MAXWELL FOR SKETCHUP
TUTORIAL part 1
This article is the first of two parts tutorial about the use of the Maxwell for SketchUp on architectural visualization.
This plugin has been designed for rendering in SketchUp and you don’t need to export your scene anywhere.
The software used is Sketchup 8, Maxwell for Sketchup, for 3D trees and vegetation I used Arbaro (a free tree generation software) and Photoshop for postproduction.
Final images from different projects done with Maxwell for SketchUp.
The project selected for this ‘making of’ is a private house designed by [reform] arkitekter, an architecture practice based in Malmö, Sweden; where I work.
Modelling with Sketchup is so simple, and has a key role on the design process at the office.
Everything starts with handmade sketches, then we create a sketchUp 3D model, we use the pro version to prepare the layouts for permit drawings. Plans, sections and elevations are then exported to a CAD software to prepare the construction documents.
Once the design is defined, I add a little extra details to my model like beveling edges and corners with Fredo’s plugin for SketchUp Round corners.
NOTE: Maxwell Render simulates light exactly as it is in the real world, this means it is important to keep your Sketchup 3D model on real world scale and units.
Landscaping / grass
The grass is done with the use of Maxwell’s grass feature.
First I created the geometry of turfstone pavers and tiles as SketchUp components.
In order to add some variation to the pavers I used Chris Fullmer’s plugin for SketchUp Scale and rotate multiple.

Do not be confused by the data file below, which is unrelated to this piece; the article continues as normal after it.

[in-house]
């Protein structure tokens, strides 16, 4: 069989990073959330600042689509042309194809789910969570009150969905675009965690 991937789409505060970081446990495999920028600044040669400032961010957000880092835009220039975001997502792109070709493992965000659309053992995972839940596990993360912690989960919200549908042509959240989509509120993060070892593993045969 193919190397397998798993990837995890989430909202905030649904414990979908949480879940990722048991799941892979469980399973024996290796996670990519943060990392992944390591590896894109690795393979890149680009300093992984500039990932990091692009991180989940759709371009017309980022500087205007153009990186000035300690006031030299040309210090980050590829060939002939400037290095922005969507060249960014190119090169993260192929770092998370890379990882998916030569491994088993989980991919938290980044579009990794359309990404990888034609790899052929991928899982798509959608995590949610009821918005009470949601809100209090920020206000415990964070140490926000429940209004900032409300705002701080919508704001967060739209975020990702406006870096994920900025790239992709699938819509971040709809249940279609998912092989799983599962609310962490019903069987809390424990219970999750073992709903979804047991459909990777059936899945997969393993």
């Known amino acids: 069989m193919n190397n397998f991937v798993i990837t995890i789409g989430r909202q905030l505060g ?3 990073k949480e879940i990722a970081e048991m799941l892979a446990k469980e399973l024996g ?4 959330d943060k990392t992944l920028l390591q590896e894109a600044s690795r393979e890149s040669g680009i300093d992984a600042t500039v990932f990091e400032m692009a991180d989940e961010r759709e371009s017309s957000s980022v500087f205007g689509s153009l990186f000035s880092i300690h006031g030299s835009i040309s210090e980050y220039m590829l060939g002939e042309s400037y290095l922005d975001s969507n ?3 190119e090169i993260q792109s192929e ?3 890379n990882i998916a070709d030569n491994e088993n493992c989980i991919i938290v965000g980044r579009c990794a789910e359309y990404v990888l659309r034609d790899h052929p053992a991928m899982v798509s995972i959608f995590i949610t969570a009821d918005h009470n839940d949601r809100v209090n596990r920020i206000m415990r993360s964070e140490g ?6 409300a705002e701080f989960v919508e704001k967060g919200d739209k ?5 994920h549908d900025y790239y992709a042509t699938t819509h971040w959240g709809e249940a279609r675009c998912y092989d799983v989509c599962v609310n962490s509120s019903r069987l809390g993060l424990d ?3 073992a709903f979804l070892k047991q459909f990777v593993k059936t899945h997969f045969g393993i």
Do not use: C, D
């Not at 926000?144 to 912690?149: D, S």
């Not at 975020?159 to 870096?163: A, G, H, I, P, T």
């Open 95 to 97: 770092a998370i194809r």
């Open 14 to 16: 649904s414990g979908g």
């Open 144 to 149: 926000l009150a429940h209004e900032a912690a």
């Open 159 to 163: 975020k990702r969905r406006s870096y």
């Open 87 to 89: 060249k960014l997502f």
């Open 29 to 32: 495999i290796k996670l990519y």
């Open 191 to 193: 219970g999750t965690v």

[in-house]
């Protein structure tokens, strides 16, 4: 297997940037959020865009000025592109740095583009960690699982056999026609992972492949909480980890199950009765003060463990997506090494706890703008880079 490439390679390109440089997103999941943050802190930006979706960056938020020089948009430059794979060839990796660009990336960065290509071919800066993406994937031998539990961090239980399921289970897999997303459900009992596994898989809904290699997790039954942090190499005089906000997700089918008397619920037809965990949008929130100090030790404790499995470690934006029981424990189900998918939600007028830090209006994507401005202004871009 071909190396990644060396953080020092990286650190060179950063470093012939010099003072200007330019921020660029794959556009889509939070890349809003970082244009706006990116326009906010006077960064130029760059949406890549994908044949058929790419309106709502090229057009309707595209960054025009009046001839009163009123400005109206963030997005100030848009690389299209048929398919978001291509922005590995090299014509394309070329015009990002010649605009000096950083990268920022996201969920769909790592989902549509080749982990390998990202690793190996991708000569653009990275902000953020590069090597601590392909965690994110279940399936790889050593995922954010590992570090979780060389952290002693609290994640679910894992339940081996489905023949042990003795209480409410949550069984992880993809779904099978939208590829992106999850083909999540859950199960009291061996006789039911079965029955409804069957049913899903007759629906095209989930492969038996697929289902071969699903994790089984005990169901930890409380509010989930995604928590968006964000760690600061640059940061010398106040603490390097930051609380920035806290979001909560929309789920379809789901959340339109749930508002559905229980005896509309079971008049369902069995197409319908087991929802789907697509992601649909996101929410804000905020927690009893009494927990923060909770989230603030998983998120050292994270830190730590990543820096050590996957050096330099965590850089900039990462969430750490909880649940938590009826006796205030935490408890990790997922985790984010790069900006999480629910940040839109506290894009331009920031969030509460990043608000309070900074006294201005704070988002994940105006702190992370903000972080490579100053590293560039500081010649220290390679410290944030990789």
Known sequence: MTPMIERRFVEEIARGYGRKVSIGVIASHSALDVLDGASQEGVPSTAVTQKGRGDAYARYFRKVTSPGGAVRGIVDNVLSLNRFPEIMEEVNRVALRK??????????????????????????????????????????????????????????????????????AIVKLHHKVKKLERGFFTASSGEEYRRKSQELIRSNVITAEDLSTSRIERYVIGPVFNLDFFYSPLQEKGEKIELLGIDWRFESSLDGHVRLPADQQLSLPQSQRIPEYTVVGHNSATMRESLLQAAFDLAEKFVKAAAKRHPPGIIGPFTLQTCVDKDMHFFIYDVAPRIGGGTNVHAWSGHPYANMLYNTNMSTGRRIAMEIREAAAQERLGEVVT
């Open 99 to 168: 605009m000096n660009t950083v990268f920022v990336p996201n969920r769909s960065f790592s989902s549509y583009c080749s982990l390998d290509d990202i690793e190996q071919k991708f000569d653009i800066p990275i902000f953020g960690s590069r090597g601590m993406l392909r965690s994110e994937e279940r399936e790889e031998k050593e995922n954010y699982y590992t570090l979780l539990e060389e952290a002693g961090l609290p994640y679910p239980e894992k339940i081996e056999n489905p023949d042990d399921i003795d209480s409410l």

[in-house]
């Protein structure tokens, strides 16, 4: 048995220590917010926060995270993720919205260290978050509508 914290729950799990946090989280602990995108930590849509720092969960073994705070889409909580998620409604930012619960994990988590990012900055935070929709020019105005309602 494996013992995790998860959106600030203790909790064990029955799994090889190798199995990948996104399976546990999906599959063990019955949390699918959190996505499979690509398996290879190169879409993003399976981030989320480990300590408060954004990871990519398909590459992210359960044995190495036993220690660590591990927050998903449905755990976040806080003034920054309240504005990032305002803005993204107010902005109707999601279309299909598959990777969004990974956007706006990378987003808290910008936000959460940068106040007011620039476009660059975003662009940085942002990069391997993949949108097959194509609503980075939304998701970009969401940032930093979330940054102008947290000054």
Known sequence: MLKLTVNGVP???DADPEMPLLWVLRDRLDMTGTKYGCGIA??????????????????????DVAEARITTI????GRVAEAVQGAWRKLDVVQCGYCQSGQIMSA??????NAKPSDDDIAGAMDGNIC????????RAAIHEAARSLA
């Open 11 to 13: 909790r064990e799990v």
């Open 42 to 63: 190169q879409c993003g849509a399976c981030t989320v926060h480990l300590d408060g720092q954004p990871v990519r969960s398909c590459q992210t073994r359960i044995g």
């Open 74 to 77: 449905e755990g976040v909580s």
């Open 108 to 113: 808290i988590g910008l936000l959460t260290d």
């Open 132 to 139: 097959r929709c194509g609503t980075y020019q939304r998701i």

Then used Random select by TIG, to apply random materials with slight variations. Used the same technique for tiles on the exterior.
Grass is generated per group, I created a plane and converted it to group, then mapped my density map as shown (greyscale map to crontrol where the grass will grow).
To avoid having rendered the plane with the density map, I duplicated the plane grass group, disabled the grass feature from this one and applied a soil texture from CGtextures and moved this plane 5mm above the grass group.
Select the grass group and click the Maxwell grass button, this are the parameters used.
Turfstone pavers and grass
Lanscaping / trees
Trees, bushes and shrubs are generated with Arbaro, I took as starting point one of the default tree definitions and tweaked its parameters, once the tree was ready it was exported in OBJ format (make sure to check the thickbox UV coordinates for stems and leaves).
To give textures and uv map to the trees geometry, I used Blender. Import the OBJ file into Blender, make sure your texture comes in PNG, when ready export as collada, store the PNG and DAE files at the same location.
Open a new Sketchup file (erase the default human figure and purge the file), import the collada file, it should be inserted in the origin point (0,0,0).
Open maxwell scene manager and adjust the materials parameters.
And run Maxwell Fire, while it is rendering, browse to My Documents/Maxwell/Sketchup/Temp folder.
Find the file ‘temp.mxs’ make a copy of the file to your working folder and rename the ‘temp.mxs’ file to something like ‘tree-01.mxs’. Now it is ready to be used as MXS reference.
Before scattering the trees, first I inserted each different kind of tree as Mxs Reference. To scatter the trees on the scene I used another plugin for SketchUp: Compo spray by Didier Bur.
In the plugin’s dialog box I selected my 5 types of trees, set the spray type to’point’ (this way I selected manually the point of insertion of each tree), the rest of settings as following.
Then just hit the ‘spray’ button.
Thanks for Reading this, and don’t miss tutorial’s part 2.